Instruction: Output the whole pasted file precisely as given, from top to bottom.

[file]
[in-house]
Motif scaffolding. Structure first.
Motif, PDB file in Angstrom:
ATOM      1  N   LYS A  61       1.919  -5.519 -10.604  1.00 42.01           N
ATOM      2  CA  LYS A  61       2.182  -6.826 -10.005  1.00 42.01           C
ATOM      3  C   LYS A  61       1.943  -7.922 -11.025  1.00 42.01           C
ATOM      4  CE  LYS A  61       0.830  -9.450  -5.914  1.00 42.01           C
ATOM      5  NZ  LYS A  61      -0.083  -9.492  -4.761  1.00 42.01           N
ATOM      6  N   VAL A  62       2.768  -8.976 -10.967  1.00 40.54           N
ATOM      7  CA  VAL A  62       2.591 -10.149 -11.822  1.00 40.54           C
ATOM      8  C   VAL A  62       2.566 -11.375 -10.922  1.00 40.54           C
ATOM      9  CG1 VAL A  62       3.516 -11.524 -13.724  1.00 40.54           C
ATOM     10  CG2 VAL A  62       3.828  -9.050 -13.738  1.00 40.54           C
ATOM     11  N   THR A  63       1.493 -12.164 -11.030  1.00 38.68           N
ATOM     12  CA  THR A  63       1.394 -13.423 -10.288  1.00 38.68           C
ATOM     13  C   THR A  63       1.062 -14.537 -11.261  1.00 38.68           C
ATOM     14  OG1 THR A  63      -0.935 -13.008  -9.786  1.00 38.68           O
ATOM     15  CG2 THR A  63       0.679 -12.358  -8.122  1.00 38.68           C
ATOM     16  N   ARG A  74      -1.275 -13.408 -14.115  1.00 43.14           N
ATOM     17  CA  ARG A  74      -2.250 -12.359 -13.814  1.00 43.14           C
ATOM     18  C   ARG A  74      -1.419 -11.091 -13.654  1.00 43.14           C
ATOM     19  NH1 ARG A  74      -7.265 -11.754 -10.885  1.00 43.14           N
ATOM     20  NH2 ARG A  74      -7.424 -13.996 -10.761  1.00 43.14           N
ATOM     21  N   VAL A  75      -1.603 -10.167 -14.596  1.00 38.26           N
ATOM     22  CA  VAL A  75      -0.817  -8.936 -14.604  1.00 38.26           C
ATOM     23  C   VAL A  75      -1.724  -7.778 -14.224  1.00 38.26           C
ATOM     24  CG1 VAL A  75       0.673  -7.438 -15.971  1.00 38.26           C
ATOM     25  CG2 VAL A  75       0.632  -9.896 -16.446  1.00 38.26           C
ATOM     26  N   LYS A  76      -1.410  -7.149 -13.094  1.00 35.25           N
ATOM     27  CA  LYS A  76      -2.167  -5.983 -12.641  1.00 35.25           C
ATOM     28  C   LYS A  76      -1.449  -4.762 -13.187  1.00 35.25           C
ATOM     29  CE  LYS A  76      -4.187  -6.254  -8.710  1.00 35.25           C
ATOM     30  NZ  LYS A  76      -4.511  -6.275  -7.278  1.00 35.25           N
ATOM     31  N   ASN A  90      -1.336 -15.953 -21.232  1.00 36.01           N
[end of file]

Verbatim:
[in-house]
Motif scaffolding. Structure first.
Motif, PDB file in Angstrom:
ATOM      1  N   LYS A  61       1.919  -5.519 -10.604  1.00 42.01           N
ATOM      2  CA  LYS A  61       2.182  -6.826 -10.005  1.00 42.01           C
ATOM      3  C   LYS A  61       1.943  -7.922 -11.025  1.00 42.01           C
ATOM      4  CE  LYS A  61       0.830  -9.450  -5.914  1.00 42.01           C
ATOM      5  NZ  LYS A  61      -0.083  -9.492  -4.761  1.00 42.01           N
ATOM      6  N   VAL A  62       2.768  -8.976 -10.967  1.00 40.54           N
ATOM      7  CA  VAL A  62       2.591 -10.149 -11.822  1.00 40.54           C
ATOM      8  C   VAL A  62       2.566 -11.375 -10.922  1.00 40.54           C
ATOM      9  CG1 VAL A  62       3.516 -11.524 -13.724  1.00 40.54           C
ATOM     10  CG2 VAL A  62       3.828  -9.050 -13.738  1.00 40.54           C
ATOM     11  N   THR A  63       1.493 -12.164 -11.030  1.00 38.68           N
ATOM     12  CA  THR A  63       1.394 -13.423 -10.288  1.00 38.68           C
ATOM     13  C   THR A  63       1.062 -14.537 -11.261  1.00 38.68           C
ATOM     14  OG1 THR A  63      -0.935 -13.008  -9.786  1.00 38.68           O
ATOM     15  CG2 THR A  63       0.679 -12.358  -8.122  1.00 38.68           C
ATOM     16  N   ARG A  74      -1.275 -13.408 -14.115  1.00 43.14           N
ATOM     17  CA  ARG A  74      -2.250 -12.359 -13.814  1.00 43.14           C
ATOM     18  C   ARG A  74      -1.419 -11.091 -13.654  1.00 43.14           C
ATOM     19  NH1 ARG A  74      -7.265 -11.754 -10.885  1.00 43.14           N
ATOM     20  NH2 ARG A  74      -7.424 -13.996 -10.761  1.00 43.14           N
ATOM     21  N   VAL A  75      -1.603 -10.167 -14.596  1.00 38.26           N
ATOM     22  CA  VAL A  75      -0.817  -8.936 -14.604  1.00 38.26           C
ATOM     23  C   VAL A  75      -1.724  -7.778 -14.224  1.00 38.26           C
ATOM     24  CG1 VAL A  75       0.673  -7.438 -15.971  1.00 38.26           C
ATOM     25  CG2 VAL A  75       0.632  -9.896 -16.446  1.00 38.26           C
ATOM     26  N   LYS A  76      -1.410  -7.149 -13.094  1.00 35.25           N
ATOM     27  CA  LYS A  76      -2.167  -5.983 -12.641  1.00 35.25           C
ATOM     28  C   LYS A  76      -1.449  -4.762 -13.187  1.00 35.25           C
ATOM     29  CE  LYS A  76      -4.187  -6.254  -8.710  1.00 35.25           C
ATOM     30  NZ  LYS A  76      -4.511  -6.275  -7.278  1.00 35.25           N
ATOM     31  N   ASN A  90      -1.336 -15.953 -21.232  1.00 36.01           N